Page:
Lyn Kuda, mid-20s, F, USA. Alias MerianMoriarty. Pencil artist, graphic designer, and freelance English-language copy-editor. FANGIRL.
Post with 2 notes
I’ve been working with the Awaiaulu newspaper typescription project (a volunteer-based online project to typescribe newspapers from 100+ years ago in an effort to help preserve examples of the Hawaiian language) for a week or so now. I don’t speak Hawaiian, but every once in a while, I come across an English-language page.
Do you know what they’re talking about on those English pages? An unfair class gap that allows for (and in fact makes use of) voting pluralism, money-lenders gouging the farmers and homesteaders, and large corporations complaining that their profits aren’t still rising.
Under such circumstances as these it is the duty and privilege of the government to step in and adopt such financial measures to relieve the stringency in the money market and assist the homesteader and the farmer to protect his home and his industry from the rapaciousness and usurous assessments of the uncontrolled capitalist. Every man should have equal chances with his securities to obtain that unusually necessary commodity—money—free from the indignities and caprice of the soulless money lender.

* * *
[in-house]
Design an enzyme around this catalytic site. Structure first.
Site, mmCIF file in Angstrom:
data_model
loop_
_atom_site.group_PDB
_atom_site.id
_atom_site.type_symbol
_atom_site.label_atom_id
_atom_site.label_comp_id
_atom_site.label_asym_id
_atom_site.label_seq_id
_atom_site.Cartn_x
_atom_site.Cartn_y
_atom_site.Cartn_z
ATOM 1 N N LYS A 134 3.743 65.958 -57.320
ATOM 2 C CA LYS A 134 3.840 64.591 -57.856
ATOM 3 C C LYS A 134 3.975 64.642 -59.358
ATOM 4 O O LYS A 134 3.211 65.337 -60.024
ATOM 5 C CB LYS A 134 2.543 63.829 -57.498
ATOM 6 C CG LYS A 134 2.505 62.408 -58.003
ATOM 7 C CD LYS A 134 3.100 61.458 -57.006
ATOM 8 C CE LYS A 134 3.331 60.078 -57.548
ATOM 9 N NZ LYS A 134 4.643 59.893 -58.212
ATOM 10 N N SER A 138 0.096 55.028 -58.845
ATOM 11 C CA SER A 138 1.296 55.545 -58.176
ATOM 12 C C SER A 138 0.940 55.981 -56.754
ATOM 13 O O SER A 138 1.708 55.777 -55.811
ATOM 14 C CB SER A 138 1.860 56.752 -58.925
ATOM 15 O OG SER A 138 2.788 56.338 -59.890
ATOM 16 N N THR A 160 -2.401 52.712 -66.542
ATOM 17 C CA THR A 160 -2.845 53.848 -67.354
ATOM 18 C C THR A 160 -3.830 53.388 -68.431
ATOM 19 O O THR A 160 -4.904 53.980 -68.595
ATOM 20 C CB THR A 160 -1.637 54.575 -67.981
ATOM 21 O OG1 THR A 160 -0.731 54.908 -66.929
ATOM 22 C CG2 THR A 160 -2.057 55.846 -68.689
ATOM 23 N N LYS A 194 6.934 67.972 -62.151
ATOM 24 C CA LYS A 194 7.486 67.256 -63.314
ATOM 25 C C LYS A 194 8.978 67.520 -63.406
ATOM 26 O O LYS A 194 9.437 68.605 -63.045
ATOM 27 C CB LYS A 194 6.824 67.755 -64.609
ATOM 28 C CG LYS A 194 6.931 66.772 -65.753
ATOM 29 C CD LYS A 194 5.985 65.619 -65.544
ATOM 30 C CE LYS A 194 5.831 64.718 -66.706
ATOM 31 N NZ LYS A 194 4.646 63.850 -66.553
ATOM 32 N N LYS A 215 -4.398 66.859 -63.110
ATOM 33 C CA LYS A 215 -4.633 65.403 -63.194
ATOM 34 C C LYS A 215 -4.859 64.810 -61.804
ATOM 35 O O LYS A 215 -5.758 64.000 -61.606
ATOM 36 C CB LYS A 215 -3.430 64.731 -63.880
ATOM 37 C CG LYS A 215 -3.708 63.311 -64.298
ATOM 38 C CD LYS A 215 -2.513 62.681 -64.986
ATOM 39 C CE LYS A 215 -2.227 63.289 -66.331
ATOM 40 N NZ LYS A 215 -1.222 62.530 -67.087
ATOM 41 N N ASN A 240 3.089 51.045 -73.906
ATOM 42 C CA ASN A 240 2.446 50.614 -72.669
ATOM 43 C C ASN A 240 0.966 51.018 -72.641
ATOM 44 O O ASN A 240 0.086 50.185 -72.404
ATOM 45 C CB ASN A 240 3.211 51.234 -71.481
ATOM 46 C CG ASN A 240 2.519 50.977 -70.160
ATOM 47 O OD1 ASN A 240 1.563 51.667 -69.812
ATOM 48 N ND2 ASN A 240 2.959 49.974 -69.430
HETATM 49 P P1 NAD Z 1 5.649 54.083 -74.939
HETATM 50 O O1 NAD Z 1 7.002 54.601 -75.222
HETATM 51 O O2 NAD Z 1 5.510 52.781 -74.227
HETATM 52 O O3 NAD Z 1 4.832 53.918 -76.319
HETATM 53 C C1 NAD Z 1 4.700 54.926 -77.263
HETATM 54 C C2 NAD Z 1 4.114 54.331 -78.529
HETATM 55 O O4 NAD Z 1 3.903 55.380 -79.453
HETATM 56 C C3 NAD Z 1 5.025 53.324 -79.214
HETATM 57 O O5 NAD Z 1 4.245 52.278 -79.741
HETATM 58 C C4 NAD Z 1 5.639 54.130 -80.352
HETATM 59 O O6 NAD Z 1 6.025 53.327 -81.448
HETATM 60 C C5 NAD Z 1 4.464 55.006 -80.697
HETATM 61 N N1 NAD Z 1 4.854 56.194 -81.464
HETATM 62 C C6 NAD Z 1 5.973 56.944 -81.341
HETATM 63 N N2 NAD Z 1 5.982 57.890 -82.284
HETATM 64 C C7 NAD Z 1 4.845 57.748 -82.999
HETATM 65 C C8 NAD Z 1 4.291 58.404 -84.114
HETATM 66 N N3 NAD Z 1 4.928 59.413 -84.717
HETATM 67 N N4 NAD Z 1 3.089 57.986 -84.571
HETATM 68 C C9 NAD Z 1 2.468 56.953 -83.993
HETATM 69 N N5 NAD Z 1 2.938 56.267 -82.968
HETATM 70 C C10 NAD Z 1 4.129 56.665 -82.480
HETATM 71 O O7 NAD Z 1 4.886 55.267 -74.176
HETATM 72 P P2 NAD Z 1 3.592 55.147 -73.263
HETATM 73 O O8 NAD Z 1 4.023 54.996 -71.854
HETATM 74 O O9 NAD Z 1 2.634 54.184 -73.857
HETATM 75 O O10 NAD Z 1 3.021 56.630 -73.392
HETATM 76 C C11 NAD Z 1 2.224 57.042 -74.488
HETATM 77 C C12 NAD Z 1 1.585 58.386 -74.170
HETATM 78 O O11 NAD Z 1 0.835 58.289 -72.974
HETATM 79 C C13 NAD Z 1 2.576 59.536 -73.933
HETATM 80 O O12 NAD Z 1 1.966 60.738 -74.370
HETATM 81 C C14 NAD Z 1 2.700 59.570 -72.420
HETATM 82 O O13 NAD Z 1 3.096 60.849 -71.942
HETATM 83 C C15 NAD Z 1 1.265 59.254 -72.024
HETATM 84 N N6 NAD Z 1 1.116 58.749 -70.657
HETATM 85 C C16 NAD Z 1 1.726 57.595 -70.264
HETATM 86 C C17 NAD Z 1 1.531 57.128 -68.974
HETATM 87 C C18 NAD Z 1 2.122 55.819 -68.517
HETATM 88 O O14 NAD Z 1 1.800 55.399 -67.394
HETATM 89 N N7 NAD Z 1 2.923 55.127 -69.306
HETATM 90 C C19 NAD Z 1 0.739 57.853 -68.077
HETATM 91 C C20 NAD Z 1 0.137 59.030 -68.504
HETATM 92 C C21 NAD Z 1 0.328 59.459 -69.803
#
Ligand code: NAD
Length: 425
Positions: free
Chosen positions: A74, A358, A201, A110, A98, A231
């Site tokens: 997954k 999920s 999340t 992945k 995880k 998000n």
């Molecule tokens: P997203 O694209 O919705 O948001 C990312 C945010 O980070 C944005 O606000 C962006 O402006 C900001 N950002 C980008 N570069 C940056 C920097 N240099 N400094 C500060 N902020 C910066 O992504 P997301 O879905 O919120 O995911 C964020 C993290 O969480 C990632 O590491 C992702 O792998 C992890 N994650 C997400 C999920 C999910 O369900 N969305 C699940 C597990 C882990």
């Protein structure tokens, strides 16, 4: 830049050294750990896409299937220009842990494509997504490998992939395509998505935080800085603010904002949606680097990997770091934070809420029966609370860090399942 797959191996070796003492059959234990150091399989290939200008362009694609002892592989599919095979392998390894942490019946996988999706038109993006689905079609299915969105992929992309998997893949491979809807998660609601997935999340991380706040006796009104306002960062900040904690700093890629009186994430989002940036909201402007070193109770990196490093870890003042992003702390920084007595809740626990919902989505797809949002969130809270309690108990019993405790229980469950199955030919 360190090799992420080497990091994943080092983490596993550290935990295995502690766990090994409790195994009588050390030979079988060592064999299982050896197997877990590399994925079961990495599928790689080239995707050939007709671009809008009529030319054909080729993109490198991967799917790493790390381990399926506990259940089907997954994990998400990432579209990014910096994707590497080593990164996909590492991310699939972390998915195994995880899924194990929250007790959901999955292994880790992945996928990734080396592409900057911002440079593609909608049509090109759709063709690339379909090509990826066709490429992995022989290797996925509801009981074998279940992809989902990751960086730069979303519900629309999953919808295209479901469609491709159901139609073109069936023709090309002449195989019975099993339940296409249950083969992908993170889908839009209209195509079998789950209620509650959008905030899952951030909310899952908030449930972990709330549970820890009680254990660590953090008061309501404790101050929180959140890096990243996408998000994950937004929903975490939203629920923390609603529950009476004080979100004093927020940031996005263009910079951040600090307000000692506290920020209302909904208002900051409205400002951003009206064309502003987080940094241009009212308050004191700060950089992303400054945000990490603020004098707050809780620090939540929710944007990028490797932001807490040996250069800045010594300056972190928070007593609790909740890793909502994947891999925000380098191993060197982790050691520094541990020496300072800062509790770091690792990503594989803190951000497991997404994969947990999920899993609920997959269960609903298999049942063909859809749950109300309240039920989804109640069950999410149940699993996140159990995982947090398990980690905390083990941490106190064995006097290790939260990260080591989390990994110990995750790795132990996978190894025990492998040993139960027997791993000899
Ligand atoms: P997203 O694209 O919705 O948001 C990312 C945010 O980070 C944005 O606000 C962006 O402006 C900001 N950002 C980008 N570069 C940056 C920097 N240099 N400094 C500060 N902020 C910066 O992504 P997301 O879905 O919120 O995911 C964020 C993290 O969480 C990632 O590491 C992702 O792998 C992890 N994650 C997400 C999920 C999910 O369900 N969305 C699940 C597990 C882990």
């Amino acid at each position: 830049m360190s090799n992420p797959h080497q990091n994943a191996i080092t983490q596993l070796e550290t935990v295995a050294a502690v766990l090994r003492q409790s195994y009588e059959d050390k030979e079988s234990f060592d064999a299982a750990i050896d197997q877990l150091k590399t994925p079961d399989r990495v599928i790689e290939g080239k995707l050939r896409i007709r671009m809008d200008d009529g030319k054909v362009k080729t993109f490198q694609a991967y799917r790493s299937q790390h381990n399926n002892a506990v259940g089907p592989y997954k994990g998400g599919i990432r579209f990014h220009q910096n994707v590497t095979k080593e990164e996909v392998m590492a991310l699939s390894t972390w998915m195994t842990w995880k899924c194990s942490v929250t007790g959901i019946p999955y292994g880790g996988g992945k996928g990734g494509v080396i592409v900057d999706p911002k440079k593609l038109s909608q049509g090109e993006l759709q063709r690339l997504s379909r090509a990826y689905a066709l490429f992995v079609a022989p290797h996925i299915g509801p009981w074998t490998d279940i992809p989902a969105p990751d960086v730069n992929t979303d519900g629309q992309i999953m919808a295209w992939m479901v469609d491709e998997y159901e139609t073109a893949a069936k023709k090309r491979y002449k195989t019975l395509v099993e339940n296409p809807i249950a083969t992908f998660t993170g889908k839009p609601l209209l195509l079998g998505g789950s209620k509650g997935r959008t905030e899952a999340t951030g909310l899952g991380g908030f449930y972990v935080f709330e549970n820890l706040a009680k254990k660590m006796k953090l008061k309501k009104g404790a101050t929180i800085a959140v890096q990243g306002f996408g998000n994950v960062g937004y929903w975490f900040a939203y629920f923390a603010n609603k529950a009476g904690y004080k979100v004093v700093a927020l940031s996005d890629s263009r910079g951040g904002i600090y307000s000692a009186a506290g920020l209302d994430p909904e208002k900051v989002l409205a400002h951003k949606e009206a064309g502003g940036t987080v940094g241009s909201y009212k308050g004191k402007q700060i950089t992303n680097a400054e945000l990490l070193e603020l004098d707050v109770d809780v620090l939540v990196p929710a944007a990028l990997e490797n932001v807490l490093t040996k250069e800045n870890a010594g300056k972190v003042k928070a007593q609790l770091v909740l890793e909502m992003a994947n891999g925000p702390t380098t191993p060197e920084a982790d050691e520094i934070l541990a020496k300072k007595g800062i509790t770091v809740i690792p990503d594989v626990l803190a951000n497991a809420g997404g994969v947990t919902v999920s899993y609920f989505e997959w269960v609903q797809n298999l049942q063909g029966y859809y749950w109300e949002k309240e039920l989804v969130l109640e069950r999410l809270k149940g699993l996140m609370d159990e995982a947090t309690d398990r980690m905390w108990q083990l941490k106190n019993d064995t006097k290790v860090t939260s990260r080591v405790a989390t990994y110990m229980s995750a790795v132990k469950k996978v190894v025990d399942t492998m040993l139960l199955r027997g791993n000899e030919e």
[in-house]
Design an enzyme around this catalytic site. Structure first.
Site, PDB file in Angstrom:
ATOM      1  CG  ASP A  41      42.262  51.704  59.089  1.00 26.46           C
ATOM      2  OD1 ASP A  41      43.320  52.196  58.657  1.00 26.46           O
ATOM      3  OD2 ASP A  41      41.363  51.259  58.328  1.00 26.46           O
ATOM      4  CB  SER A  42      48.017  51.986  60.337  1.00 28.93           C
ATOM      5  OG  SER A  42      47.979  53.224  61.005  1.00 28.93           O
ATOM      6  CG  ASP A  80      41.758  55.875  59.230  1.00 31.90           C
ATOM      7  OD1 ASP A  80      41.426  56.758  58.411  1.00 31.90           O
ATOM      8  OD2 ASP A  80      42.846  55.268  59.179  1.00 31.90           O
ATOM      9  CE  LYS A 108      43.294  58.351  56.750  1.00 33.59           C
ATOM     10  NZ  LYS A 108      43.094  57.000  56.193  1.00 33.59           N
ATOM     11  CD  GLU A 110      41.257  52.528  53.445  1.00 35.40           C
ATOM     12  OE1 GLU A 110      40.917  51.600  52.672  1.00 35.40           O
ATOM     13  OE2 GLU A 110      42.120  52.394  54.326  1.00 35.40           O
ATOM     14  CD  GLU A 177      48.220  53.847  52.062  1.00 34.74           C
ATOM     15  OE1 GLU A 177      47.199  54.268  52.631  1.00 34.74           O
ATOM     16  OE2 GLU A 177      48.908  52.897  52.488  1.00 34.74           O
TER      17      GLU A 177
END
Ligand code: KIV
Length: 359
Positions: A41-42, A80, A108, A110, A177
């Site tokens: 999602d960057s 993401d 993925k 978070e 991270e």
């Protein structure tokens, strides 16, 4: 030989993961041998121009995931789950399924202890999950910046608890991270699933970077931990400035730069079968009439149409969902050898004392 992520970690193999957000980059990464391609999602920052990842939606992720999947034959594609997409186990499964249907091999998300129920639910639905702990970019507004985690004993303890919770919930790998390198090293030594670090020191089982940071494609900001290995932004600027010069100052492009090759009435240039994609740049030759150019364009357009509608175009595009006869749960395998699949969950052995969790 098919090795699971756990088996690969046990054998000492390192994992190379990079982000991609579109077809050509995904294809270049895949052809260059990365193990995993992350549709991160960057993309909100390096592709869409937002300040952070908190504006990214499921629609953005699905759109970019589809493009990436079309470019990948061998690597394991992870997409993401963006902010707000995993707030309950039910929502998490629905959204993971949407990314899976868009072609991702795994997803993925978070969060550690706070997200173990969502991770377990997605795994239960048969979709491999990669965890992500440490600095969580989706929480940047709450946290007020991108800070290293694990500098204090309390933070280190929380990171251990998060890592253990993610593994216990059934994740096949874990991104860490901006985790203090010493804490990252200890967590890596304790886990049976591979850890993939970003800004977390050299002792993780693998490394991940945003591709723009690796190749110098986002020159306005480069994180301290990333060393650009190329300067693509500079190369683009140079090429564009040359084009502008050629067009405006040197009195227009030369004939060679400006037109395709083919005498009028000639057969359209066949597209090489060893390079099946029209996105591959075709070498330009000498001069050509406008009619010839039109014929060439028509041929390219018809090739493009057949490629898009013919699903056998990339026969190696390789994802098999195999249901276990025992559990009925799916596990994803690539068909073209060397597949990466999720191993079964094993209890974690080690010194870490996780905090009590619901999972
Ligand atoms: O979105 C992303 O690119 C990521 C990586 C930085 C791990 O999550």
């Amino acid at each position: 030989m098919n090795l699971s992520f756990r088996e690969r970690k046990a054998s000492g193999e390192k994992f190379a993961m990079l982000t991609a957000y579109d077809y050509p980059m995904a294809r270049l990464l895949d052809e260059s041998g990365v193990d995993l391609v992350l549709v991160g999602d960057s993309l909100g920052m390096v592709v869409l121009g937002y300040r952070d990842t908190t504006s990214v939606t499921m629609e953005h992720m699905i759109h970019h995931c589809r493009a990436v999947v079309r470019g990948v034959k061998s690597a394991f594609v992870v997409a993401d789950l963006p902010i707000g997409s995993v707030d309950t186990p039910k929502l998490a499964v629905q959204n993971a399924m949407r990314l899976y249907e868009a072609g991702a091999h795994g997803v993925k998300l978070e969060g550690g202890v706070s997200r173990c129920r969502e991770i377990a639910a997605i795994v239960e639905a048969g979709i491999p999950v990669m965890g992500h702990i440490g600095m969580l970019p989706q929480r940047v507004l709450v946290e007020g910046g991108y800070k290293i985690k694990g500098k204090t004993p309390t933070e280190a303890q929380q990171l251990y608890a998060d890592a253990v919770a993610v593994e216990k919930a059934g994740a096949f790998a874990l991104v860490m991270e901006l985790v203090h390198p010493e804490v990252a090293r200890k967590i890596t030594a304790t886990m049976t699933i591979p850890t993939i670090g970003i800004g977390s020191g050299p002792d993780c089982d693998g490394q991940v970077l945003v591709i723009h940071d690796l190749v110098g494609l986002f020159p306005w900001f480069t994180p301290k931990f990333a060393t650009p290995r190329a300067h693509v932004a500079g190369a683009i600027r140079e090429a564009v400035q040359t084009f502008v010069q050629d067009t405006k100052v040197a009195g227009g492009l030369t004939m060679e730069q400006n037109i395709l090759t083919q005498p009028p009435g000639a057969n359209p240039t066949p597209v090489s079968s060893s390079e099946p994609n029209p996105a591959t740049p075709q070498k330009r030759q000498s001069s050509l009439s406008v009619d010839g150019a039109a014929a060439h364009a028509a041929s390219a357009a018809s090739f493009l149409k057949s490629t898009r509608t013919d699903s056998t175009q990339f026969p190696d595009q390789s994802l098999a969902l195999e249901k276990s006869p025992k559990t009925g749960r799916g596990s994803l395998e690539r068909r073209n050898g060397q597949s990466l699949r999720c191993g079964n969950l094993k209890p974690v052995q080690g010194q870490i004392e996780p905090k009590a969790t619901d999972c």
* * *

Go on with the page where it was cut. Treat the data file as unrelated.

What then shall be done to ameliorate the situation here? The first and most preeminent necessity is to obtain more available capital. This would not be a necessity, had the millions of dollars which have been made here in sugar been retained for investment in this country. But our avaricious and unpatriotic sugar men have invested the bulk of their profits in foreign lands and left here a void of capital which is a serious handicap to the borrower, a draw back to all projected enterprises, and renders impossible the development of our natural resources. How shall we obtain capital and how shall it be applied.
~from a February 1892 edition of the Ka Leo O Ka Lahui
That’s right, they’re complaining about foreign investment and interest gouging from corporations and big banking.
In a newspaper from 1892. In Hawaii, which was a Constitutional Monarchy at the time.
And in other political columns in the paper, they called for outlawing the use of contract-labor and slave-labor—because they were taking jobs from non-slave laborers. Outsourcing, anyone?